Chilean police reported that six persons were killed and 567 arrested in protests yesterday and early today against the military rule of President Augusto Pinochet.
The protests were called by the formally banned Communist Party to mark what had been Chile's traditional election day, Sept. 4. Next Wednesday, the 12th anniversary of the coup led by Gen. Pinochet, is also expected to provoke protests.
While left-wing activists clashed with the paramilitary national police, most Chileans appeared to heed the call by the more centrist opposition forming the Democratic Alliance to stay home. The group formally opposed demonstrations, apparently foreseeing violence.
The Democratic Alliance instead proposed that Chileans sign statements of support for unrestricted elections. Eleven political parties, from the left to the far right -- but not including the Communists -- issued a plea Aug. 26 for a return to civilian rule through elections.
The only violence in downtown Santiago yesterday occurred when police used tear gas and water cannons to disperse a large crowd gathered to sign the statements of support for the coalition's proposal.
Otherwise, the inner city seemed virtually deserted. Shopkeepers stayed home -- either in protest or in fear -- and taxi and bus service in the center city was sporadic and by evening almost nonexistent.
Most of the violence occurred in the slums that ring Santiago and at universities. Protesters erected barricades of burning tires and heaved rocks and molotov cocktails at police.
Roman Catholic Cardinal Juan Francisco Fresno called off a memorial mass at the main cathedral for a French priest who was killed by a random bullet during antigovernment protests last year. The cardinal said the mass could erupt into violent demonstrations against the 12-year military rule.
But the mass was held nonetheless in a church in the slum where the priest worked. Afterward, chanting crowds erected barricades and heaved rocks at police, who responded with tear gas. Protests were reported in Chile's other cities, but the killings occurred here.
Interior Minister Ricardo Garcia said today that the government would bring legal action against the organizers of the protest. By dawn today, downtown Santiago had returned to normal, although clashes continued in some slums and schools.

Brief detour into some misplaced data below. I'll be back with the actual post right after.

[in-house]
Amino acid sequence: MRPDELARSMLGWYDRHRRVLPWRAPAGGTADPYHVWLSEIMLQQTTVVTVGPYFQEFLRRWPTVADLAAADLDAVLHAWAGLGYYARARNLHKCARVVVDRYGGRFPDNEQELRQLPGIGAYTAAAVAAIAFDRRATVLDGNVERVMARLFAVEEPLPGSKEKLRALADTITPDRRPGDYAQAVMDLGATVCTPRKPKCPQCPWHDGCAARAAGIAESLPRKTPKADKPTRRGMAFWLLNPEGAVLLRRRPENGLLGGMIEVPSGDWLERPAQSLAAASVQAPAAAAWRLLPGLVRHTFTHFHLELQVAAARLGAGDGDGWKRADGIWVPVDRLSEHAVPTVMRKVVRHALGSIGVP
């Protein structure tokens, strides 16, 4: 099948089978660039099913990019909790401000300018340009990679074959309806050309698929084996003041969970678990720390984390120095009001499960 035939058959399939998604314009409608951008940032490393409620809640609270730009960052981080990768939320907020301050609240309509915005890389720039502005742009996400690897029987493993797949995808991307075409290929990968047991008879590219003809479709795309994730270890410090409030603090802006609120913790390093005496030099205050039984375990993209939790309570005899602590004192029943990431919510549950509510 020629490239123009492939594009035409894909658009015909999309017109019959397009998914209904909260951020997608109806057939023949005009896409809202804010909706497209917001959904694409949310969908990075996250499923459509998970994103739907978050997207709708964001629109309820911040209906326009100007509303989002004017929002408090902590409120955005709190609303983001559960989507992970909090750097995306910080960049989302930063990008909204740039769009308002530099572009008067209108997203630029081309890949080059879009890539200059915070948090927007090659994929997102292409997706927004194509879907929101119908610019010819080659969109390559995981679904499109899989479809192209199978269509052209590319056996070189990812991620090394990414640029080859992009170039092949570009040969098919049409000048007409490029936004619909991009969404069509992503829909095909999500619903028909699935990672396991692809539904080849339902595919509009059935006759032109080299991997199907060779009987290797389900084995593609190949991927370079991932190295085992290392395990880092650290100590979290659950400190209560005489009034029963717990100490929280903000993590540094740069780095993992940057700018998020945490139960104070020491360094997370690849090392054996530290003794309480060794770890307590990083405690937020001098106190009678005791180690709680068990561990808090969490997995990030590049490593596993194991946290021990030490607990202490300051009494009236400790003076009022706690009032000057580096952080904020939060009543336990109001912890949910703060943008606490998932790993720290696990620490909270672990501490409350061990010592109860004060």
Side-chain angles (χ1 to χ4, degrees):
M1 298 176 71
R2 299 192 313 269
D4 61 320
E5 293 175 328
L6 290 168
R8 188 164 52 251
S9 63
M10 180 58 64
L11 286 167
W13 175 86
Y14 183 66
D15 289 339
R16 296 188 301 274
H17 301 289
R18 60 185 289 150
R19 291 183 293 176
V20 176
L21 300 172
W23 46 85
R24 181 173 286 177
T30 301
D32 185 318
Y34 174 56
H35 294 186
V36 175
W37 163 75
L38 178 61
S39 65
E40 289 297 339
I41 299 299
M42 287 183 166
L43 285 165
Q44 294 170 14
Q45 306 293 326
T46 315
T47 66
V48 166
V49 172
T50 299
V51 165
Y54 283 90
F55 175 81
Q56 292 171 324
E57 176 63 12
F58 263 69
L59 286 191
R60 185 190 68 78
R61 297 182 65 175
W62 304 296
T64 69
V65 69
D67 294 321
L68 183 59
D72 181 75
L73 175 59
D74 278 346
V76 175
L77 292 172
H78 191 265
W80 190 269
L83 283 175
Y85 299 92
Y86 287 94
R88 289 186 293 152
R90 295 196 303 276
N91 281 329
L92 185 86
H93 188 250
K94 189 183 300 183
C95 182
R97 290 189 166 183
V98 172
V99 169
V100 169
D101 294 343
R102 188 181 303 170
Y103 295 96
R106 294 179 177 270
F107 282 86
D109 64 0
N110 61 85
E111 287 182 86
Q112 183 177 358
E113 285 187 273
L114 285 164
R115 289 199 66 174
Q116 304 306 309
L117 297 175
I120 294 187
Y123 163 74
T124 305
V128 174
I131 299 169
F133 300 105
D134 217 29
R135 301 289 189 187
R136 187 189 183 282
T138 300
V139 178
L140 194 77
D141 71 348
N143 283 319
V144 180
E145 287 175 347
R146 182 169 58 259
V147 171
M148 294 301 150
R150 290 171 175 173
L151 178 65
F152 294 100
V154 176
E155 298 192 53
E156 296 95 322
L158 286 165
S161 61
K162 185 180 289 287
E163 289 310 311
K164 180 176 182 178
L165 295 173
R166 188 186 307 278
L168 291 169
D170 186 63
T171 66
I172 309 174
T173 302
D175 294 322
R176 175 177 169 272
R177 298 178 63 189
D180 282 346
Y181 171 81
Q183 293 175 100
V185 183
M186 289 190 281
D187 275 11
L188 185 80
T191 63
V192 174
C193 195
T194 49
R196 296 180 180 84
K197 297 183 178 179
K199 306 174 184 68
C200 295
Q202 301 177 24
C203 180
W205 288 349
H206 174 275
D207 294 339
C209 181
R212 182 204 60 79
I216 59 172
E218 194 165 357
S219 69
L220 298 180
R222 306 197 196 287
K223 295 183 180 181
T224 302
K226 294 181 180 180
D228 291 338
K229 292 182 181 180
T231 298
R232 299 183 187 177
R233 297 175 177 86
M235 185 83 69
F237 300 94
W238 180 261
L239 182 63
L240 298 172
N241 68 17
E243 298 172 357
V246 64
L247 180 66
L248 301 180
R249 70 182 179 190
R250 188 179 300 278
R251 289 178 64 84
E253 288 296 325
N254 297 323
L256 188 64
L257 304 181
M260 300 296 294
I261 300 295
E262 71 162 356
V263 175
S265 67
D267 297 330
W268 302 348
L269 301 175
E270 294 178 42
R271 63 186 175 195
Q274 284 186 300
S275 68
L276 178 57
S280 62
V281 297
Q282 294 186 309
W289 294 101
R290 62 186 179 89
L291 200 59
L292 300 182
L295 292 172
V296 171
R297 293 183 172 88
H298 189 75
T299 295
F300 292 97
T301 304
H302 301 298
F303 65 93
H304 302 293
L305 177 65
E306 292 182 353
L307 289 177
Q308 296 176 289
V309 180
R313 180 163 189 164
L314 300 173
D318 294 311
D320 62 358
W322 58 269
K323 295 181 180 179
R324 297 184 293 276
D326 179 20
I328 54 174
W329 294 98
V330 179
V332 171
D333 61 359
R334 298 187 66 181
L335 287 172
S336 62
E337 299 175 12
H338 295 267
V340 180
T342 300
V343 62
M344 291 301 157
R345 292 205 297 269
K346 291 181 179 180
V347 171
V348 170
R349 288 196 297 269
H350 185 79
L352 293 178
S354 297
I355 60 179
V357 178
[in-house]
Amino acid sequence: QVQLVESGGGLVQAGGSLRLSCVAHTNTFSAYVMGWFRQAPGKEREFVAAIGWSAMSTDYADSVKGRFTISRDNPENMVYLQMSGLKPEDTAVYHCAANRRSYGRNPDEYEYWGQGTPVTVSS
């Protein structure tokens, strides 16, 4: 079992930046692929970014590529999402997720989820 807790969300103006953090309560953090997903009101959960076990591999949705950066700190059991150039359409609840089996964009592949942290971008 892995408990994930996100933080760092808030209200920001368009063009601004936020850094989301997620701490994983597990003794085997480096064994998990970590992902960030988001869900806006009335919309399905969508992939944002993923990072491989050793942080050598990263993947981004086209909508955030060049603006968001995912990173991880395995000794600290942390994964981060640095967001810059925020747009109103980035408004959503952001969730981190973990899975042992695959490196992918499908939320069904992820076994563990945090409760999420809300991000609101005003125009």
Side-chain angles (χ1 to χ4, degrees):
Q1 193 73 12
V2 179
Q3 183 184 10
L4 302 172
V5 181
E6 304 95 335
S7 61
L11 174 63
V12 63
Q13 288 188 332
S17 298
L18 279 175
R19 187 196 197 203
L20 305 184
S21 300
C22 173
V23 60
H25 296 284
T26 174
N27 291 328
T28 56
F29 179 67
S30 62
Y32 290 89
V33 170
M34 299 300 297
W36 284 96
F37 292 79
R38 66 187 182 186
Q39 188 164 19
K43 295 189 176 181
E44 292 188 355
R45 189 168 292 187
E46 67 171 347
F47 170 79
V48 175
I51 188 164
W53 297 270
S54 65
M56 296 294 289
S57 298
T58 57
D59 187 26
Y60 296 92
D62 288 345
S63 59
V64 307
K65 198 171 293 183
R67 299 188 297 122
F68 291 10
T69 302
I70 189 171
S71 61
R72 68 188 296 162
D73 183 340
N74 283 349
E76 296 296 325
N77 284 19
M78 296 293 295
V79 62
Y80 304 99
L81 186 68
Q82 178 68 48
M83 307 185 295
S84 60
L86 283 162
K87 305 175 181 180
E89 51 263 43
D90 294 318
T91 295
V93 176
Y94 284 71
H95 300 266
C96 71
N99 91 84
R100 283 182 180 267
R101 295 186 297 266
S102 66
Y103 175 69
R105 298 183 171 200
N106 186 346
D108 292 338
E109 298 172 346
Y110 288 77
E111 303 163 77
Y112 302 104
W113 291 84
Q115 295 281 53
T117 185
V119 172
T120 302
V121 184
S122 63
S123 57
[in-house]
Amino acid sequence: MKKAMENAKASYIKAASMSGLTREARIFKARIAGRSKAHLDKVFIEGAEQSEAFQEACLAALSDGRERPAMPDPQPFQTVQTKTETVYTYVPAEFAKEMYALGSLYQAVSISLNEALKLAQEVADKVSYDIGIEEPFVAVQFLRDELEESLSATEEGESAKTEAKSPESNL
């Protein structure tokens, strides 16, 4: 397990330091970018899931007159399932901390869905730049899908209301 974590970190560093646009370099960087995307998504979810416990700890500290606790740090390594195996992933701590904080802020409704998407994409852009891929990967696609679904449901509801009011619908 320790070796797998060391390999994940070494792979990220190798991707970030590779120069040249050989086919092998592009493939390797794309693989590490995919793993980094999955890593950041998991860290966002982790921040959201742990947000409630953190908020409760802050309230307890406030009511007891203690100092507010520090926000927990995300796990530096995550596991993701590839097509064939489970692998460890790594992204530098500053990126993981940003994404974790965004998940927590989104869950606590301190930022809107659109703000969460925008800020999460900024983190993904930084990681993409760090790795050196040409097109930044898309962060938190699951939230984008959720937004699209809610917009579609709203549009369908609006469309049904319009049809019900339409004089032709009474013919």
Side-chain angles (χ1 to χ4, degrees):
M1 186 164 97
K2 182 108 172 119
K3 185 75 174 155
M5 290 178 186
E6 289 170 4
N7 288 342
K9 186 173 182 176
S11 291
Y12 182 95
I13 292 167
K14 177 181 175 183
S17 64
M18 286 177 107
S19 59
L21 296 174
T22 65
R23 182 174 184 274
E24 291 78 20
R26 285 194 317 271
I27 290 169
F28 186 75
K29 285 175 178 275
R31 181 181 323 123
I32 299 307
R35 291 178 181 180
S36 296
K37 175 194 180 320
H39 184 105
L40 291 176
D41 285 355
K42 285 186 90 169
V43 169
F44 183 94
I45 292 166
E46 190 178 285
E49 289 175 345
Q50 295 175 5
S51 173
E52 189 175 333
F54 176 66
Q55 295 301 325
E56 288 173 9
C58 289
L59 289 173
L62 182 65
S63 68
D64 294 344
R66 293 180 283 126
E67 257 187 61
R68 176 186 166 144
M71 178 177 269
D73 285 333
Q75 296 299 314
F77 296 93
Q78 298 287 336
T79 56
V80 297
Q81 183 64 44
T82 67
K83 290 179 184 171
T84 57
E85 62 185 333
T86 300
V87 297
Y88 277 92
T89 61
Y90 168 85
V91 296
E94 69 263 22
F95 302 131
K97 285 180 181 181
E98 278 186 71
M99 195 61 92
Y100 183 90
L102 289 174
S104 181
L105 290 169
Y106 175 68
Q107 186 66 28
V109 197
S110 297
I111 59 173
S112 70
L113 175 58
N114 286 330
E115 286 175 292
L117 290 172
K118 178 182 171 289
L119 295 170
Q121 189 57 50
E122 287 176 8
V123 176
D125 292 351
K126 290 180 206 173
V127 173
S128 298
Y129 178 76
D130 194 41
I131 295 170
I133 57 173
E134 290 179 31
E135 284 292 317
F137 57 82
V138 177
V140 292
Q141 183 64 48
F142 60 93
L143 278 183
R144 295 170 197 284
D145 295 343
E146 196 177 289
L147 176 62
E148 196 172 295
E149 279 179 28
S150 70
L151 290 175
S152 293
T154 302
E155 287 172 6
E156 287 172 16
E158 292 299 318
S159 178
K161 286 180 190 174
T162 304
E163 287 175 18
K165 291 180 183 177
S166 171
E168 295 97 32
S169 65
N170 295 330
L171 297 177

Police said six persons were killed and eight wounded, five of them seriously, by gunfire. A police statement said, "This institution did not use firearms in any sector to break up disorders," and officers blamed unknown gunmen. In one case, witnesses said a fatal bullet appeared to have been fired by police.
Eighteen police were wounded, apparently none seriously, according to officials. Extensive looting was reported in several cities.
Reacting to the violence in a speech Wednesday, Pinochet said, "We find ourselves confronted not with a harsh dictatorship but rather with a gentle dictatorship. But if it becomes necessary, we will have to tighten the grip."
Pinochet's rule came under attack last year, provoking the proclamation of a state of siege. Political pressure revived last month after the head of the police was forced to resign from the four-member ruling junta.
A government prosecutor had named a dozen police in the slayings earlier this year of three Communists. On Aug. 2, the day after the prosecutor's report was released, Gen. Cesar Mendoza became only the second member of the junta to resign in 12 years.
Mendoza was replaced by Gen. Rodolfo Stange, who dissolved the special counterintelligence unit in the police force.
Chileans and diplomatic observers said yesterday's protest was the most intense since last November. The state of siege, with its strengthened police powers, was lifted earlier this summer under strong U.S. pressure.
The 11-party call for elections was initiated at a meeting called by Cardinal Fresno in early August. Fresno previously had kept a low political profile, and his role in bringing together noncommunist opposition politicians represents a changed role for him and the church.
According to the constitution written under Pinochet's tutelage, the armed forces are to choose a successor in 1989 for an eight-year term, subject to a referendum.